My love for art and music didn’t come from it being pushed on me, but from watching my mother’s heavy involvement in arts and crafts. She told me a lot of things about integrity, honesty, and achievement, but nothing impacted me more than what I saw her do. While what she said was important, it was what she did that inspired me the most. I work hard because I saw my pops work hard, and I’m creative because I saw my mother be creative. I loved art because I was surrounded by it. I had the courage to become an entrepreneur because both of my parents dabbled in it for certain periods of their lives. There were many times when my mother was able to provide for our family strictly through her art. That had a deep impact on me, even though I had no idea I would follow in her footsteps.
This realization makes me wonder if maybe we don’t give children enough credit. We like to tell them to “do as I say, not as I do,” yet we are shocked when they do as we do, but not as we say. We often ask why children bully eachother, but never ask where they might be seeing that behavior on display. It appears to me that children are able to discern talk from action, consistency from inconsistency, and integrity from hypocrisy much earlier than we adults think they can.
So as this hit me, I told my friend that maybe the answer to his child’s lack of enthusiasm for school wasn’t to punish him or reprimand him anymore than he already had – maybe the answer was to embrace learning more himself. If the child lives in a household where his parents are students and prioritize learning themselves, then the child will be more likely to embrace it. Coming home from school and seeing their parents reading a book on the couch will have a completely different effect than seeing them watching Sportcenter on the couch.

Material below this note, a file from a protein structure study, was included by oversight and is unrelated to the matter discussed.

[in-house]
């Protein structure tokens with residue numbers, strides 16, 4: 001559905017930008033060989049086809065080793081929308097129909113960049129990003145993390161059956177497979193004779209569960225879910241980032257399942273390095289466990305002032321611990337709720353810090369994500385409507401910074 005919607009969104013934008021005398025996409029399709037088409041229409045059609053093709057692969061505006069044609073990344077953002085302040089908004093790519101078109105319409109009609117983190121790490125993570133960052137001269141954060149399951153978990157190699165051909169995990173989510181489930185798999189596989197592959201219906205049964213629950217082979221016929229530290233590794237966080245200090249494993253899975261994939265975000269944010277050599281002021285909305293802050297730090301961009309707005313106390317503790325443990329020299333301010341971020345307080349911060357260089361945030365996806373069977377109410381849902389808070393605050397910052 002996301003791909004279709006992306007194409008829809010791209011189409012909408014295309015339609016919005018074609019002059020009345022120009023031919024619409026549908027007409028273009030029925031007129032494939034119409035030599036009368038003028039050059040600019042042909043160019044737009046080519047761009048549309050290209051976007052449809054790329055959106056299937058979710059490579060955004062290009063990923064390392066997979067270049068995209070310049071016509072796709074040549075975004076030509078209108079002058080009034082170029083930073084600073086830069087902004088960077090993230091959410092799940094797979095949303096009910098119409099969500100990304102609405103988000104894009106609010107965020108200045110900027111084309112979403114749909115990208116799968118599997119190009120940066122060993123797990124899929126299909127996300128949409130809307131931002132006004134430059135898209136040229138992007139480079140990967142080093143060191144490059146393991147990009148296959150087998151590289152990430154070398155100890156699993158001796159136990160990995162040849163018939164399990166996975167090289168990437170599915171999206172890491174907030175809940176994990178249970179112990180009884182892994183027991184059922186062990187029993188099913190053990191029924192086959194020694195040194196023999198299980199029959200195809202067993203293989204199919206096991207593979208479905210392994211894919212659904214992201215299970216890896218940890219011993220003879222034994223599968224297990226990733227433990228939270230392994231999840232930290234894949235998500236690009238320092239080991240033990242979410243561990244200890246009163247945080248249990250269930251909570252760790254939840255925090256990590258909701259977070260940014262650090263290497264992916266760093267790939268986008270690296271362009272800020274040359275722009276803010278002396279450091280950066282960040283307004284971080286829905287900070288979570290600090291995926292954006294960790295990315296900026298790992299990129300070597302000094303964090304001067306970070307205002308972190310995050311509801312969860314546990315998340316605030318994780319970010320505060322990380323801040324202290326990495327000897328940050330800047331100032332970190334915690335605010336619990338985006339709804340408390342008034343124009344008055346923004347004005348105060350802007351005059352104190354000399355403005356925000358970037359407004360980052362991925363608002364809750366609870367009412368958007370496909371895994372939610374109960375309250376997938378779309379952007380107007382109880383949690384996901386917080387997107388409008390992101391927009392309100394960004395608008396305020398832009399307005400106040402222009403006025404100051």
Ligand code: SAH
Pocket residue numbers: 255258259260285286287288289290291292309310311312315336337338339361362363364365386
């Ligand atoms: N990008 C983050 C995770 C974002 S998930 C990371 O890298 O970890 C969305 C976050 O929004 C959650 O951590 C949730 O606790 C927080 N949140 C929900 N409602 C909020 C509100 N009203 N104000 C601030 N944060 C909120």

Understanding that the children will prioritize whatever behaviors their parents prioritize, the parents must be the change they would like to see.
I realize that it’s a lot easier to tell someone what to do than it is to live as an example of what to do, but I truly believe that example is better than talk in all areas of life.
From relationships, to school, to your career – be the change you would like to see, and the change you would like to see will become a reality.
Word is Blog.